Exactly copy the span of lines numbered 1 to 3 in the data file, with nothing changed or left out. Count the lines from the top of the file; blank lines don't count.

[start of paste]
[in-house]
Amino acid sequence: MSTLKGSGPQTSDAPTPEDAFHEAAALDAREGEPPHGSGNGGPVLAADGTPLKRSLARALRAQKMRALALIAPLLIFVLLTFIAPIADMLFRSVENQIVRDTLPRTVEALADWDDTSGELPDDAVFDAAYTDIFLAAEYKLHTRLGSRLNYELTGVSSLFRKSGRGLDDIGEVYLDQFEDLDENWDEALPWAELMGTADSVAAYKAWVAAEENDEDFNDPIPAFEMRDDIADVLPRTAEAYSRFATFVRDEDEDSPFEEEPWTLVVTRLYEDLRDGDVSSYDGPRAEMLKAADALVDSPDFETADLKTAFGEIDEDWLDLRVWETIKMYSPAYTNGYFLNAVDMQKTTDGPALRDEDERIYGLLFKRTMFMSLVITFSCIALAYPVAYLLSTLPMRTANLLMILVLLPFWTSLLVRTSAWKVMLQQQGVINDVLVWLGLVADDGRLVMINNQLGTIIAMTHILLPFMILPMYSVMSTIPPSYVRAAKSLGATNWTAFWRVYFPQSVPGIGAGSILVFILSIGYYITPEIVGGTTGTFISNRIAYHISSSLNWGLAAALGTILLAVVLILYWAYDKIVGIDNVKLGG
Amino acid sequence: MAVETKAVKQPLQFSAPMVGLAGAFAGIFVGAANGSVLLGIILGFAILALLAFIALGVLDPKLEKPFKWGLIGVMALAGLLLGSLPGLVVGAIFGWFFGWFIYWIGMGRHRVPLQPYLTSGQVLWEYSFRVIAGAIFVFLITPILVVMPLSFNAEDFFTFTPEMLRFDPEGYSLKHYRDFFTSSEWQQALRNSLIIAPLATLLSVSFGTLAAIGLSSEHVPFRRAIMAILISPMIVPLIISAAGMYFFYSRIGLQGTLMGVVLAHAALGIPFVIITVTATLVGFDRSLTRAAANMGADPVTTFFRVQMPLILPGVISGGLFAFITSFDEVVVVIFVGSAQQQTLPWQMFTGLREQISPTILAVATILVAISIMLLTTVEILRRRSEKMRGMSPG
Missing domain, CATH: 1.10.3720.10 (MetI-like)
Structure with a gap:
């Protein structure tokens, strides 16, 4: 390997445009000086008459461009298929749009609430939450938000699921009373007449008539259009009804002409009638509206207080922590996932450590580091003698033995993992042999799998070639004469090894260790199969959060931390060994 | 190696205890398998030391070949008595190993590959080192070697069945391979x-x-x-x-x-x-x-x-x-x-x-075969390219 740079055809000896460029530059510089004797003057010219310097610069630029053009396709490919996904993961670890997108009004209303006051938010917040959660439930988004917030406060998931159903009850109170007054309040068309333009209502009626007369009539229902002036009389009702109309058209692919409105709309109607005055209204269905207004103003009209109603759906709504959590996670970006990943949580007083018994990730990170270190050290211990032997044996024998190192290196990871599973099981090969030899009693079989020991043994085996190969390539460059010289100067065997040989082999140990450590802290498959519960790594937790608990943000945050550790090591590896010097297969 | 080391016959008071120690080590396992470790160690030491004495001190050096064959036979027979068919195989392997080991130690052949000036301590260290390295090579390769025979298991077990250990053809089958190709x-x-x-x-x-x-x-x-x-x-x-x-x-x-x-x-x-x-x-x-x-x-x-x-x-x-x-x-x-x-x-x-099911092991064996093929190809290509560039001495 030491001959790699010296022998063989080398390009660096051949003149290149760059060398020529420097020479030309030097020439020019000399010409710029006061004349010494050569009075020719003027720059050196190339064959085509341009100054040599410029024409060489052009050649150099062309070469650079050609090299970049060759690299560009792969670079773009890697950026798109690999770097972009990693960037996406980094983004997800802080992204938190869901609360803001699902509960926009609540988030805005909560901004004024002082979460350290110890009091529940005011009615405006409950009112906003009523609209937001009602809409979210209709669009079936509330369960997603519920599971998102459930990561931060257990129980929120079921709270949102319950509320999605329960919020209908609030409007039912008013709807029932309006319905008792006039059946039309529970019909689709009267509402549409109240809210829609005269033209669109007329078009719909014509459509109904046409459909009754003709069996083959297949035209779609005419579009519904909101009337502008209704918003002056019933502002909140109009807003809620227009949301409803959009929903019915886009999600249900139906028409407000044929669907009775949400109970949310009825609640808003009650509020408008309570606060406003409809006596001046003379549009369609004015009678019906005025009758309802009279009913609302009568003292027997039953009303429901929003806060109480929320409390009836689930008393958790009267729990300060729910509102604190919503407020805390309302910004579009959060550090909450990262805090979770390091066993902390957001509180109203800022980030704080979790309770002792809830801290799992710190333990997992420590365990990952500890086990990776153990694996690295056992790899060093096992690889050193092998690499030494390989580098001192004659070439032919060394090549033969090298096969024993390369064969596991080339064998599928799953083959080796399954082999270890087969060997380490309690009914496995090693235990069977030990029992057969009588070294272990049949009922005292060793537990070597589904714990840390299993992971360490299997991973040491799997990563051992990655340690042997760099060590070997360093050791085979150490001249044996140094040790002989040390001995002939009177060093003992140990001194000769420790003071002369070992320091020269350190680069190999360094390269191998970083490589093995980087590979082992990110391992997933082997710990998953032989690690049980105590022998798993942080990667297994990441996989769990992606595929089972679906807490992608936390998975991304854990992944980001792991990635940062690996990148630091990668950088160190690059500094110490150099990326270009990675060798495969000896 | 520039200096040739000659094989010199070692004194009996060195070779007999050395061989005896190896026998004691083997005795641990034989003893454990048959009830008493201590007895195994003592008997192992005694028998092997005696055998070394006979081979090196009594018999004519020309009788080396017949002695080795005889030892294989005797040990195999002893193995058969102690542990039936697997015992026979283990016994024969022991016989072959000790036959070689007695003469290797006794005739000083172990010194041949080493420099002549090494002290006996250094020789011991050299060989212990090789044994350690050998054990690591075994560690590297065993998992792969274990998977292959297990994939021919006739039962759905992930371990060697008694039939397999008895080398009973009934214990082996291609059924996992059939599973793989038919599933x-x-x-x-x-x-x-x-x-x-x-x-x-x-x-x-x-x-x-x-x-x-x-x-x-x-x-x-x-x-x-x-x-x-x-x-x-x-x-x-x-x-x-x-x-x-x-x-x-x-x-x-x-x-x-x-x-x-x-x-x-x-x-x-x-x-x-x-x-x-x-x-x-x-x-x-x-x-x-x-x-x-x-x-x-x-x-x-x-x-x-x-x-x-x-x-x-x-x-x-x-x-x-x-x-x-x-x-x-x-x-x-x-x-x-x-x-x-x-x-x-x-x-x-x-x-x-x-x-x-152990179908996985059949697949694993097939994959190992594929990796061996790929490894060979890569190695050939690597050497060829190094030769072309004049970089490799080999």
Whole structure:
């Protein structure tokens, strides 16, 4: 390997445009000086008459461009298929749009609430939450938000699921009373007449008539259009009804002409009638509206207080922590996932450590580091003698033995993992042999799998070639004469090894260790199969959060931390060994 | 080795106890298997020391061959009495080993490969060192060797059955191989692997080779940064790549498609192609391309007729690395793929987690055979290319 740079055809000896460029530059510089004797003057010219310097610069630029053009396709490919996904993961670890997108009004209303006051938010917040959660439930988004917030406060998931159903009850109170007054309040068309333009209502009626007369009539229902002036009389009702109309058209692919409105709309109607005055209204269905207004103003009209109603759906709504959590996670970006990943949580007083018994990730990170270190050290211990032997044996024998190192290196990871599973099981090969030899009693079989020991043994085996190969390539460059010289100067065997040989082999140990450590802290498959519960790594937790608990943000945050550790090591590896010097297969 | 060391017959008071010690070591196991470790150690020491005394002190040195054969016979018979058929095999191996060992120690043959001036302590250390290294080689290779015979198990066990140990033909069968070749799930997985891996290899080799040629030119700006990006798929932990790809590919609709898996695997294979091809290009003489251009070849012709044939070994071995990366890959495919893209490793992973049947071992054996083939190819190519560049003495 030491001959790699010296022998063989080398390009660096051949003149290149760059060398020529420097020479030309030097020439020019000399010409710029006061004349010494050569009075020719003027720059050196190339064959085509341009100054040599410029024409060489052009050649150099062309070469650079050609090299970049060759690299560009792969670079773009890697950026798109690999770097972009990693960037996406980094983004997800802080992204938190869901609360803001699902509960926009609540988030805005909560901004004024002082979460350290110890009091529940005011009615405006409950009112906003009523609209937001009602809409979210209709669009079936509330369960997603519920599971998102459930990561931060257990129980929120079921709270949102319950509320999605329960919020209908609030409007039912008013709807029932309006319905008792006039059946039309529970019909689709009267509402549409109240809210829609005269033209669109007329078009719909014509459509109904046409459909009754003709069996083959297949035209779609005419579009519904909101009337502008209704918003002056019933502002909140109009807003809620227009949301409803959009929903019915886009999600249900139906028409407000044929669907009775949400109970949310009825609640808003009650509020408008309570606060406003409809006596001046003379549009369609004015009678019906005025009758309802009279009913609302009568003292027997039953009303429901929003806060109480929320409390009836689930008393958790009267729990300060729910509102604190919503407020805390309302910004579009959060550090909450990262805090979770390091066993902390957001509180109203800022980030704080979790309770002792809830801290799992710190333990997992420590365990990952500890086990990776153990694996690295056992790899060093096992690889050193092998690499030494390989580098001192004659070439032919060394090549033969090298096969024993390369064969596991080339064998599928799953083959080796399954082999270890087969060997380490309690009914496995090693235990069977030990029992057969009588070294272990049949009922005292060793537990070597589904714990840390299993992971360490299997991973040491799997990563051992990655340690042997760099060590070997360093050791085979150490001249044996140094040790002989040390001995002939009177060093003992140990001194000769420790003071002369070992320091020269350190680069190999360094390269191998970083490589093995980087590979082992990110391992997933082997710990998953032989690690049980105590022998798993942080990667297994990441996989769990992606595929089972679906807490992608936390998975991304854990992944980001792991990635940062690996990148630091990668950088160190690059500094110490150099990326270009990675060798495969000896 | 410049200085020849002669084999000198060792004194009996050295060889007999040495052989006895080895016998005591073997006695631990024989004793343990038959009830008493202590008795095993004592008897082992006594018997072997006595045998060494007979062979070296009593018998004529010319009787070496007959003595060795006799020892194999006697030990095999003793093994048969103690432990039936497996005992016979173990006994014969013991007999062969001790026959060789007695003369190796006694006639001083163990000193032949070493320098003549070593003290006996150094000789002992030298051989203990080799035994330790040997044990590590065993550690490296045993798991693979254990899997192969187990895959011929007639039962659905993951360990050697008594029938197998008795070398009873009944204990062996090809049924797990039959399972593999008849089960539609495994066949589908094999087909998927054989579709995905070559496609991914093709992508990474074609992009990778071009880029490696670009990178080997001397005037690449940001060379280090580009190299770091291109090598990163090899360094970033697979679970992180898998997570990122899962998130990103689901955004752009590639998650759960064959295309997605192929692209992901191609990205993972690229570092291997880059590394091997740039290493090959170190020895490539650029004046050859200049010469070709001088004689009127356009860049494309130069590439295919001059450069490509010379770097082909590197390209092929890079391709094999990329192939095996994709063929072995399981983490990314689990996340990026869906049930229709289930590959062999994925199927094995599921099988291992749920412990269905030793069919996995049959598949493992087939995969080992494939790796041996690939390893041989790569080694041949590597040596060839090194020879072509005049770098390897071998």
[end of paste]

[in-house]
Amino acid sequence: MSTLKGSGPQTSDAPTPEDAFHEAAALDAREGEPPHGSGNGGPVLAADGTPLKRSLARALRAQKMRALALIAPLLIFVLLTFIAPIADMLFRSVENQIVRDTLPRTVEALADWDDTSGELPDDAVFDAAYTDIFLAAEYKLHTRLGSRLNYELTGVSSLFRKSGRGLDDIGEVYLDQFEDLDENWDEALPWAELMGTADSVAAYKAWVAAEENDEDFNDPIPAFEMRDDIADVLPRTAEAYSRFATFVRDEDEDSPFEEEPWTLVVTRLYEDLRDGDVSSYDGPRAEMLKAADALVDSPDFETADLKTAFGEIDEDWLDLRVWETIKMYSPAYTNGYFLNAVDMQKTTDGPALRDEDERIYGLLFKRTMFMSLVITFSCIALAYPVAYLLSTLPMRTANLLMILVLLPFWTSLLVRTSAWKVMLQQQGVINDVLVWLGLVADDGRLVMINNQLGTIIAMTHILLPFMILPMYSVMSTIPPSYVRAAKSLGATNWTAFWRVYFPQSVPGIGAGSILVFILSIGYYITPEIVGGTTGTFISNRIAYHISSSLNWGLAAALGTILLAVVLILYWAYDKIVGIDNVKLGG
Amino acid sequence: MAVETKAVKQPLQFSAPMVGLAGAFAGIFVGAANGSVLLGIILGFAILALLAFIALGVLDPKLEKPFKWGLIGVMALAGLLLGSLPGLVVGAIFGWFFGWFIYWIGMGRHRVPLQPYLTSGQVLWEYSFRVIAGAIFVFLITPILVVMPLSFNAEDFFTFTPEMLRFDPEGYSLKHYRDFFTSSEWQQALRNSLIIAPLATLLSVSFGTLAAIGLSSEHVPFRRAIMAILISPMIVPLIISAAGMYFFYSRIGLQGTLMGVVLAHAALGIPFVIITVTATLVGFDRSLTRAAANMGADPVTTFFRVQMPLILPGVISGGLFAFITSFDEVVVVIFVGSAQQQTLPWQMFTGLREQISPTILAVATILVAISIMLLTTVEILRRRSEKMRGMSPG